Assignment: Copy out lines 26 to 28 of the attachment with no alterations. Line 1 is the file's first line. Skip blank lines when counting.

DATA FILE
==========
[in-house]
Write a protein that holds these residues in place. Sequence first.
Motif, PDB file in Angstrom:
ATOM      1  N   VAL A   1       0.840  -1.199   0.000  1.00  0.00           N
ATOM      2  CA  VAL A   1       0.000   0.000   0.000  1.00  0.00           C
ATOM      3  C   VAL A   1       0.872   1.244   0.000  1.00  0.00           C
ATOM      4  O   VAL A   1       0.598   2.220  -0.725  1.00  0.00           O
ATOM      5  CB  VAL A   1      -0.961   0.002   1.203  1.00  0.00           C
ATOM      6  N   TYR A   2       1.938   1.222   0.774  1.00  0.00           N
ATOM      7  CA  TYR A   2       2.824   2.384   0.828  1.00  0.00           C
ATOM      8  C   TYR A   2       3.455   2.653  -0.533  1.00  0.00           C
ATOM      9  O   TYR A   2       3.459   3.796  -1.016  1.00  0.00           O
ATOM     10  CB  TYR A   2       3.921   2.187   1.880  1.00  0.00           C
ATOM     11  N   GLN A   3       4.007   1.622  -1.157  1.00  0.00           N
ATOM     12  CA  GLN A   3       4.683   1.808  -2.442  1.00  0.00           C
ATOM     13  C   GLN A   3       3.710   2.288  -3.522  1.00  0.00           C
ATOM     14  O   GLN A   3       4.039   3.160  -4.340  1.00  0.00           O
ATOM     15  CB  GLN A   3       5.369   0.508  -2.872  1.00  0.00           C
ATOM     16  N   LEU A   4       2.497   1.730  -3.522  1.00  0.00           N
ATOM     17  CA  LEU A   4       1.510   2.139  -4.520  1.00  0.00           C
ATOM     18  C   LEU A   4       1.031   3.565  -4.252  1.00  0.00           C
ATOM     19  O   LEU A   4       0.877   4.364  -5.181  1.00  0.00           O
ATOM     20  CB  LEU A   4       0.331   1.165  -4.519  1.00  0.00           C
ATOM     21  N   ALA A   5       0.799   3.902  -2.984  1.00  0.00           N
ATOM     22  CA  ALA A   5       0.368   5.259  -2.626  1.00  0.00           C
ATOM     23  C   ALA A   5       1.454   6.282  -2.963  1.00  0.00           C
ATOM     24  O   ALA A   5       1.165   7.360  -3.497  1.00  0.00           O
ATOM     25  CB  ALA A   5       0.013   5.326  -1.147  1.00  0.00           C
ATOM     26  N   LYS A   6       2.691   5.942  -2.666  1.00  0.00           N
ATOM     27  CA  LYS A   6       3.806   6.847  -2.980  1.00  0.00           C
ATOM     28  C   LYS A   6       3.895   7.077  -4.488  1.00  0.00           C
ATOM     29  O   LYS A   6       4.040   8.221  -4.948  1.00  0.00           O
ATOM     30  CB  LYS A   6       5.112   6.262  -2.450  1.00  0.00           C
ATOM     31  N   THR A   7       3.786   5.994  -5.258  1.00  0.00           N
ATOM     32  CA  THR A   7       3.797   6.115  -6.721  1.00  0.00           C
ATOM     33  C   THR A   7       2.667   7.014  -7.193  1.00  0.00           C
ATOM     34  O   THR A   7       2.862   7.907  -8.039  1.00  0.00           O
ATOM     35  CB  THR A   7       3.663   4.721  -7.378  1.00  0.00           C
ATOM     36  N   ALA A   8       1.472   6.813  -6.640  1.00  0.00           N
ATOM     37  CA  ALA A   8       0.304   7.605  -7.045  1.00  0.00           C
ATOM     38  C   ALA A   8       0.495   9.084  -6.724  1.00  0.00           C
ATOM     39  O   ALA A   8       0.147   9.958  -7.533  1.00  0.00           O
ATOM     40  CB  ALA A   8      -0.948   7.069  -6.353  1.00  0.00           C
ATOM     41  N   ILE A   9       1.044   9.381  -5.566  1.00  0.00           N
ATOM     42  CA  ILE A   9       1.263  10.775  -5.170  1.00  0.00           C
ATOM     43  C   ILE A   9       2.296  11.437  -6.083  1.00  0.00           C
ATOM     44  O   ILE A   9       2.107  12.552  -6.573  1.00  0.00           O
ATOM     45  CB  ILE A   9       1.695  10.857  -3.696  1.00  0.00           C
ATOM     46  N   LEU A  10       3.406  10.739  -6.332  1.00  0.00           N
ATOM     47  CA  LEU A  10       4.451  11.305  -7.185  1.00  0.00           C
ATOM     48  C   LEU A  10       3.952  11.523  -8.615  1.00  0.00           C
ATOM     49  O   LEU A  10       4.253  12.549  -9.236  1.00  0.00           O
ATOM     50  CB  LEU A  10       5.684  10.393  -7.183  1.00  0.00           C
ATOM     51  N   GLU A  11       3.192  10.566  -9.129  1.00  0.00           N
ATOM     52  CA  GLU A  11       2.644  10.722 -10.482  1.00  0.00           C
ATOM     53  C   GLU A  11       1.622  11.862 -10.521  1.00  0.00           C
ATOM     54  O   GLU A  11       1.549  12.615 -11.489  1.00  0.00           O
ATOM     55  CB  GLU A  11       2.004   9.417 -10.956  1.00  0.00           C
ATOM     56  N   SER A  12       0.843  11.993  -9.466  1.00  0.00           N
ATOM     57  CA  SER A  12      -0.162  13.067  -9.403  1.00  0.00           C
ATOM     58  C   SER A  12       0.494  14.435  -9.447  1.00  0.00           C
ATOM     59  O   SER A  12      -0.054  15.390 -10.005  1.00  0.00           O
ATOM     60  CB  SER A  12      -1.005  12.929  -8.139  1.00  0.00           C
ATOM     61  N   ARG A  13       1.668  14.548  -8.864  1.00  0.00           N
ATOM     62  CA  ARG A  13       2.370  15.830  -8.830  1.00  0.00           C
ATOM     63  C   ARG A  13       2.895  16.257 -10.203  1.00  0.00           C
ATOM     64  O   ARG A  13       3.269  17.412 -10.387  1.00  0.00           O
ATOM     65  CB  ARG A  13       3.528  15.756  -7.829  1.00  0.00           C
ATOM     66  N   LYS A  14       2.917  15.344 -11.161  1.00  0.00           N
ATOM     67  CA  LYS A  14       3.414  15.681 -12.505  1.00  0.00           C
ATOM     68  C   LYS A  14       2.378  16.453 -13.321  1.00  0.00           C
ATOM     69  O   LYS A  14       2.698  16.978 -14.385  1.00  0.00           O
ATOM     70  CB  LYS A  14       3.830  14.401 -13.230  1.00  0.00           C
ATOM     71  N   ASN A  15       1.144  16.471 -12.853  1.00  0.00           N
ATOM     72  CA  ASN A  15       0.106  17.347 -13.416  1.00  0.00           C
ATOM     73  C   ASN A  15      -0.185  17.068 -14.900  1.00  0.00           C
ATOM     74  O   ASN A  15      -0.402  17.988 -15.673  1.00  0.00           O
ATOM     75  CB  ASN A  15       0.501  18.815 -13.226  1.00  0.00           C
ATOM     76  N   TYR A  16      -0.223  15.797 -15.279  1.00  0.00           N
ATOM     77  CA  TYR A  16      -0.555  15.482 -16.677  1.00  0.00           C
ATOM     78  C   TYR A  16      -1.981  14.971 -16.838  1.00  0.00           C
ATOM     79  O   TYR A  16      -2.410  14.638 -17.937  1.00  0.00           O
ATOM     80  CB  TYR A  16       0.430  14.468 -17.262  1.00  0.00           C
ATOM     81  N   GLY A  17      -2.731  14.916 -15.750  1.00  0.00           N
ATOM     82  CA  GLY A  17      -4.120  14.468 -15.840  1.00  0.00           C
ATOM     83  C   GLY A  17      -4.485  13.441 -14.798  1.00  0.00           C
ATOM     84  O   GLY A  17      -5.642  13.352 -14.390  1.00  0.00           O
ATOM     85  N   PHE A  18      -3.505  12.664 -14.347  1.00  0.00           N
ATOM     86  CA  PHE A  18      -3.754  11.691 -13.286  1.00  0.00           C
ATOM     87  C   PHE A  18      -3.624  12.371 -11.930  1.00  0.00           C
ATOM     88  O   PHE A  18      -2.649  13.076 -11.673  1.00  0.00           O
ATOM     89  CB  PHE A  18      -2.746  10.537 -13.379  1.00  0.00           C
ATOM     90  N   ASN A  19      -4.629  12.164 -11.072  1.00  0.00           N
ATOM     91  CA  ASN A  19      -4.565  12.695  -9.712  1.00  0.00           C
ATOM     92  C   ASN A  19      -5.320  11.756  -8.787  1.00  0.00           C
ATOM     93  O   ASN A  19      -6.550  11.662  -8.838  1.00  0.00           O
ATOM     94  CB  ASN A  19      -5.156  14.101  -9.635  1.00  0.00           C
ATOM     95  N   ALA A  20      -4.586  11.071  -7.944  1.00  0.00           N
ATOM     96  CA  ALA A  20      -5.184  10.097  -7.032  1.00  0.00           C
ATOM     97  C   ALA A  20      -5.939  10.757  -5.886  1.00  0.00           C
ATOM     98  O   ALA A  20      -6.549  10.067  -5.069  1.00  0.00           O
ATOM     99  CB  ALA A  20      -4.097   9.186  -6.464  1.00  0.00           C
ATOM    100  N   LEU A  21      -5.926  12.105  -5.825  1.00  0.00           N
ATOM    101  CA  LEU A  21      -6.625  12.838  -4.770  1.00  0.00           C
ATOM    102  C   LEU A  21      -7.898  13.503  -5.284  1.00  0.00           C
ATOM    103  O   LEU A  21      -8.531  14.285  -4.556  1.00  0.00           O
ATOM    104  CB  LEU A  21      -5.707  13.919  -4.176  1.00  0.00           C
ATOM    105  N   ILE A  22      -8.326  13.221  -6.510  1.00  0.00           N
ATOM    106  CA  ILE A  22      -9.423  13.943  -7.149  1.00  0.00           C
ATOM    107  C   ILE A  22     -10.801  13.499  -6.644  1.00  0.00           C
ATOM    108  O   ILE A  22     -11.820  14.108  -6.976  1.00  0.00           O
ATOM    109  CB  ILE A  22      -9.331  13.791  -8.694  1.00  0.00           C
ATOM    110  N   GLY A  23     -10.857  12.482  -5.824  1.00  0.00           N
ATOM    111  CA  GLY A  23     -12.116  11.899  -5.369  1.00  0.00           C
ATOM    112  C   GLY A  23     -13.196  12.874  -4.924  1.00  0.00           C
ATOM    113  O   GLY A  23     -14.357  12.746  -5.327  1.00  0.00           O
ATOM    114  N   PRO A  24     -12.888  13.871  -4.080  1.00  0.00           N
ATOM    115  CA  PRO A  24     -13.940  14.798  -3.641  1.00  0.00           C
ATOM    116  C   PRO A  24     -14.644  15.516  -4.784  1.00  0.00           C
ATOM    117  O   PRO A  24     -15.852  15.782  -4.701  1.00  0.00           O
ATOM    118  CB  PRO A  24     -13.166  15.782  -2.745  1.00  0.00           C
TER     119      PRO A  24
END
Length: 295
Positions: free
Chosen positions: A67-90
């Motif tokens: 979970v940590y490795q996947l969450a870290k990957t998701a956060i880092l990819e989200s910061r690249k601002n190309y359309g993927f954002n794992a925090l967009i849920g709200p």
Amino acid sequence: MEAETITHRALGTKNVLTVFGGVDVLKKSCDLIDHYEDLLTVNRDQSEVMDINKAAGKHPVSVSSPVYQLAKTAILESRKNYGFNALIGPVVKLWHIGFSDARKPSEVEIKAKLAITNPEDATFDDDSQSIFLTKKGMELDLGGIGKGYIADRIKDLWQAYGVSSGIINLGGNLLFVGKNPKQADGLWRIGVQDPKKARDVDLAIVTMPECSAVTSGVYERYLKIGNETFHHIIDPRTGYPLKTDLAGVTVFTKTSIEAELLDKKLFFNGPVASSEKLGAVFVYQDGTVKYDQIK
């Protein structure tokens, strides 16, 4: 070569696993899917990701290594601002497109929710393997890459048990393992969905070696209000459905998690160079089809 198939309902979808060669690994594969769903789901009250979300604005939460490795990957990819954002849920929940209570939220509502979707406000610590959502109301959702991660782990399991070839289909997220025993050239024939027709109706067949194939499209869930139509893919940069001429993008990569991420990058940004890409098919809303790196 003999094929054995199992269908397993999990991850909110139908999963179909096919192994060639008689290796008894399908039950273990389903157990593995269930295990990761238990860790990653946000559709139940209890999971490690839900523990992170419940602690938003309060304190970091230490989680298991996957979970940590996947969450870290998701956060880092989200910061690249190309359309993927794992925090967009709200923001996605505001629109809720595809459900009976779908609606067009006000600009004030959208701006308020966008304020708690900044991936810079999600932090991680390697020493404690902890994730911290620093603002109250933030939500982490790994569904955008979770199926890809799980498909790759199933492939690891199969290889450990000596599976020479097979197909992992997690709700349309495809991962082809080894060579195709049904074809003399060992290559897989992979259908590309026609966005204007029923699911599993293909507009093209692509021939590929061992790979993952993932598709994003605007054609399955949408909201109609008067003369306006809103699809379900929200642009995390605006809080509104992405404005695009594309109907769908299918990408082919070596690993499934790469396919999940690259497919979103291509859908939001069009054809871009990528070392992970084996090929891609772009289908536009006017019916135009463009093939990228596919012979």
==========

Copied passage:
ATOM     23  C   ALA A   5       1.454   6.282  -2.963  1.00  0.00           C
ATOM     24  O   ALA A   5       1.165   7.360  -3.497  1.00  0.00           O
ATOM     25  CB  ALA A   5       0.013   5.326  -1.147  1.00  0.00           C